Should the United States Ban the Death Penalty – Ban it

Rising pressure on the Congress to abolish the death penalty has for some time come in the headlines as new groups withdraw support for the proposal and old groups gather more votes in favor of the notion. This battle between the naysayers and the supporters for the death penalty in the United States has raged on for a long time with eminent authorities of the society citing reasons why the death penalty is now an outdated system of justice in any developed country.

The concept behind the death penalty is an eye for an eye or revenge. In older days, executions were primarily done in public to warn other perpetrators that they too would meet their ends in a similar fashion if they continued with their exploits. This is a barbaric way of trying to teach a person that killing is bad. After all, the notion that the death penalty portrays is that it is okay to kill a person who has killed another one. A simple question that activists always raise against the death penalty is whether it brings back the victims? If not then how does taking another life justify everything?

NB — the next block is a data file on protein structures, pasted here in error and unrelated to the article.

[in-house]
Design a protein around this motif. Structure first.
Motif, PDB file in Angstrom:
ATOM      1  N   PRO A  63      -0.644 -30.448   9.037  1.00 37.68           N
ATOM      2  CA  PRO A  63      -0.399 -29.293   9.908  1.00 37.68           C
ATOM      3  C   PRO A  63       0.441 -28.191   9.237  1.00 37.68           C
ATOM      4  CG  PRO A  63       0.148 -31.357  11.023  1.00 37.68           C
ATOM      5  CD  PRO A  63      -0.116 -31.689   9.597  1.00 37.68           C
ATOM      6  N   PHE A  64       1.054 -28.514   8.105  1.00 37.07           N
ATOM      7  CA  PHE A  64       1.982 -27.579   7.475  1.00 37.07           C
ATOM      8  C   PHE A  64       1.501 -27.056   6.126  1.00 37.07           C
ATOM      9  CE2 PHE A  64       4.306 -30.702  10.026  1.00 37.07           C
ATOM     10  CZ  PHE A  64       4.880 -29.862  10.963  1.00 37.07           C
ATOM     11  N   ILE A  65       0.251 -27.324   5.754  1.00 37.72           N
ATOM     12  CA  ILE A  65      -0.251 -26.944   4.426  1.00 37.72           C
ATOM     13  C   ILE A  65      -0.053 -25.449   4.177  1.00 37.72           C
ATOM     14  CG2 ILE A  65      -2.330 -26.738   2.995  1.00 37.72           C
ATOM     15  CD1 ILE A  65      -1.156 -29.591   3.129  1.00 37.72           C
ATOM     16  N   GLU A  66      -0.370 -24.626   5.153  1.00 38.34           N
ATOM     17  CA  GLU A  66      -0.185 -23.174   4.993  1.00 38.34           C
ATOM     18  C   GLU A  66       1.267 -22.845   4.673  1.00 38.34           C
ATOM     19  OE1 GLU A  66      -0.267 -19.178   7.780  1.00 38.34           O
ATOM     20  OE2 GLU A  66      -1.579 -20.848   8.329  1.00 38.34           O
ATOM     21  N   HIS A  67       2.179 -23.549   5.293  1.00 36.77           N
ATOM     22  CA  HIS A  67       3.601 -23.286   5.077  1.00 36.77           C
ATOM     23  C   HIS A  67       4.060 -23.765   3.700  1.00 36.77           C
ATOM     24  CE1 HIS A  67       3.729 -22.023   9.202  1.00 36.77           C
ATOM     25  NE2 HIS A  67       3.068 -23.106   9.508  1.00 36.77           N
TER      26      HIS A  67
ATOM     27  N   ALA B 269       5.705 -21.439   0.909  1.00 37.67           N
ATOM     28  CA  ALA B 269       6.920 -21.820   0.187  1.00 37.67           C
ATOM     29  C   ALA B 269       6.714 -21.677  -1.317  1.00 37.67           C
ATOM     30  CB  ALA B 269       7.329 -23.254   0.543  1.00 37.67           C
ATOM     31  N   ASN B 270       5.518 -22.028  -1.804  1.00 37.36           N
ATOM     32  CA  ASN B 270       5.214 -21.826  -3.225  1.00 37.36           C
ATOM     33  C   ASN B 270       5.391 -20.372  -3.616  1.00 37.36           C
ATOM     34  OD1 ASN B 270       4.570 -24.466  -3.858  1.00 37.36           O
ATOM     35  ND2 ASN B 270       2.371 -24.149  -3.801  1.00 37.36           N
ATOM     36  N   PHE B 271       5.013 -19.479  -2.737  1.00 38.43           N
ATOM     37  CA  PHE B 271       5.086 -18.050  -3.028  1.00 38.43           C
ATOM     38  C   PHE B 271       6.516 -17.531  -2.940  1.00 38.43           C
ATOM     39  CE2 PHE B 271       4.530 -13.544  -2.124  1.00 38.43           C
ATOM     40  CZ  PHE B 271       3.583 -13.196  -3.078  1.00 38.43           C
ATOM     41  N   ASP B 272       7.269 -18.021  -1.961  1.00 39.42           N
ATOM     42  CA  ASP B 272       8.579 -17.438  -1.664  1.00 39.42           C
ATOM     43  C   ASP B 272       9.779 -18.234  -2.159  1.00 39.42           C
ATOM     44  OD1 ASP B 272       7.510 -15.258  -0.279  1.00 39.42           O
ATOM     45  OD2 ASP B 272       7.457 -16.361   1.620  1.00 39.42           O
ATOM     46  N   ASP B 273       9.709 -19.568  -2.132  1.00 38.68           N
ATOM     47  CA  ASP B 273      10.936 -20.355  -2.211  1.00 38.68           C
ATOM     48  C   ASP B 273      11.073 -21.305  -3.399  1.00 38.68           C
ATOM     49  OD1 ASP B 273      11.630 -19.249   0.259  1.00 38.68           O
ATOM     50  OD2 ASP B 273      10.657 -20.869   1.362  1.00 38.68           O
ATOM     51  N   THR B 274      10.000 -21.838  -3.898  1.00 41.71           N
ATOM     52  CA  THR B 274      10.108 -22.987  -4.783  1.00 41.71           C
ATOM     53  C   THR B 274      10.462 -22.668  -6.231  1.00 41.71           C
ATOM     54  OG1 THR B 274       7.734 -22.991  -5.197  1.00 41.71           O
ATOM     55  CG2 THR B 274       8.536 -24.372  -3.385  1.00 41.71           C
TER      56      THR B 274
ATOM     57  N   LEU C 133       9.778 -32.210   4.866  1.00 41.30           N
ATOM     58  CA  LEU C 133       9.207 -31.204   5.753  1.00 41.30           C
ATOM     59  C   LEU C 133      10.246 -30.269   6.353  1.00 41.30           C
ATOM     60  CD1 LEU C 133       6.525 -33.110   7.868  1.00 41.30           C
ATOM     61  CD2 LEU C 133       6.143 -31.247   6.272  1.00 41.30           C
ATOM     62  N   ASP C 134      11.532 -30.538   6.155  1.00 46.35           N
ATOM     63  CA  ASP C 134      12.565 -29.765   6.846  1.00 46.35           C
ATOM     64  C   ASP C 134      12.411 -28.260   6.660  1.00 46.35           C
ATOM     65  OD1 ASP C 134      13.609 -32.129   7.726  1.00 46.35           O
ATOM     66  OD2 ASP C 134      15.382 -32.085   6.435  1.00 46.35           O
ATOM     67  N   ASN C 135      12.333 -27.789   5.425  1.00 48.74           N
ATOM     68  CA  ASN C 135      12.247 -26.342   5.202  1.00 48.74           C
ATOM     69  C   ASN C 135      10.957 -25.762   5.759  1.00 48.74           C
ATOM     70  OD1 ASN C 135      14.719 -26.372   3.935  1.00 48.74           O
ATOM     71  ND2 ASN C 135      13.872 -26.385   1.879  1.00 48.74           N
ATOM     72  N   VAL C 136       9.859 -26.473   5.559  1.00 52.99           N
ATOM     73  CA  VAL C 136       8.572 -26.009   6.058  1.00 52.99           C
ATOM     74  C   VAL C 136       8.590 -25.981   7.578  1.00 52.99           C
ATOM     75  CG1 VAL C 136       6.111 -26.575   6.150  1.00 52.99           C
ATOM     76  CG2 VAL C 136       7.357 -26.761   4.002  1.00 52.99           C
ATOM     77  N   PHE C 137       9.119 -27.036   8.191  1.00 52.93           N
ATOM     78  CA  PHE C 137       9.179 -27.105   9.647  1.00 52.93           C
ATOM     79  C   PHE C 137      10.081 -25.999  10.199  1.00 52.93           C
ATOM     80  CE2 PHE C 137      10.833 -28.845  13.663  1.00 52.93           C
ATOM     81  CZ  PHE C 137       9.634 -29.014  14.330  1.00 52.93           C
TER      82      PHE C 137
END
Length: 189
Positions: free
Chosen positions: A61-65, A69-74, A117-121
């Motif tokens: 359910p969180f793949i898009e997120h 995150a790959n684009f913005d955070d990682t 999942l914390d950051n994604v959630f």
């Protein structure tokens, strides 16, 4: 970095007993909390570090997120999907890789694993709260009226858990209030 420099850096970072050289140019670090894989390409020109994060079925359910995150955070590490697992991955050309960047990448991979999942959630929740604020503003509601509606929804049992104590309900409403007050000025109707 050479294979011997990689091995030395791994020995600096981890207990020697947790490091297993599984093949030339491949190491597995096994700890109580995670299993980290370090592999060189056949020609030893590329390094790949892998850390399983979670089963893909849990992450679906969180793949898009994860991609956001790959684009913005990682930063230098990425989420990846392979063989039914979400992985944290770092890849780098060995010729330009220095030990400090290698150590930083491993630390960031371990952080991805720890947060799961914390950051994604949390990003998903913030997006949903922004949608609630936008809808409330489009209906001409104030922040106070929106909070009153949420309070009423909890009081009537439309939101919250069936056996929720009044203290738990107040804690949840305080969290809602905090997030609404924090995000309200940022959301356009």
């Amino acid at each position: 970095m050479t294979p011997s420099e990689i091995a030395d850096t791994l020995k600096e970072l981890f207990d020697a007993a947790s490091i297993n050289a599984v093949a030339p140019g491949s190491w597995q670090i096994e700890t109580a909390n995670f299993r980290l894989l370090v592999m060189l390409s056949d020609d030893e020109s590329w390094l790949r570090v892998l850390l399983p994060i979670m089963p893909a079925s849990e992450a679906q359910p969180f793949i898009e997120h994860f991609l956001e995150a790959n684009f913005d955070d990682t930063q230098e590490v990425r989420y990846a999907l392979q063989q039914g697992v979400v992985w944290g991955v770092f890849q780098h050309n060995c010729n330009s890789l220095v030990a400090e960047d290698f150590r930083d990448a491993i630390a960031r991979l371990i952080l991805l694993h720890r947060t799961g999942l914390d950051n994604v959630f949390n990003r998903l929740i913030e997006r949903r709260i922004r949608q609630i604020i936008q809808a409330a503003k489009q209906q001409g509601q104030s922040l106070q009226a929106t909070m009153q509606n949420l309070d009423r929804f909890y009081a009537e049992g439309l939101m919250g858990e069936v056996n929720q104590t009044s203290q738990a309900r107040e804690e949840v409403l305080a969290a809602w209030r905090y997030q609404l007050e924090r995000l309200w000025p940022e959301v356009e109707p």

The United States has laws which grant the death sentence to not just murderers but also to drug traffickers and spies. This is an unjust method of comparing various crimes. Each crime is different and should not be treated as the same. Murdering and drug peddling are two different things that should not get the same harsh punishment. Nevertheless, the notion that the death penalty deters future repeats by other offenders is completely bogus as the US hearings have shown. People with a huge history of violence get freed on technicality while innocent people go to jail or worse get hanged!

Where many criminals die under the sentence of the court, a few innocent folks too lose their lives in this manner. How does this system justify the death of the innocent? The world, for the most part, has accepted the fact that the death penalty is an outdated measure to control crime and in many parts of the world, it is either abolished or has been reluctantly refused in court rooms. In India, for example, the Mumbai terror attacks saw the capture of Abdul Kasab, a terrorist personally responsible for the massacre of many innocent lives. Live television recordings show his atrocities and yet the public is divided on whether to hang him or imprison him for life. The law permits a death sentence in India but majority public opinion is against it. Time has come that the US too gets on the bandwagon and bans the death penalty once and for all.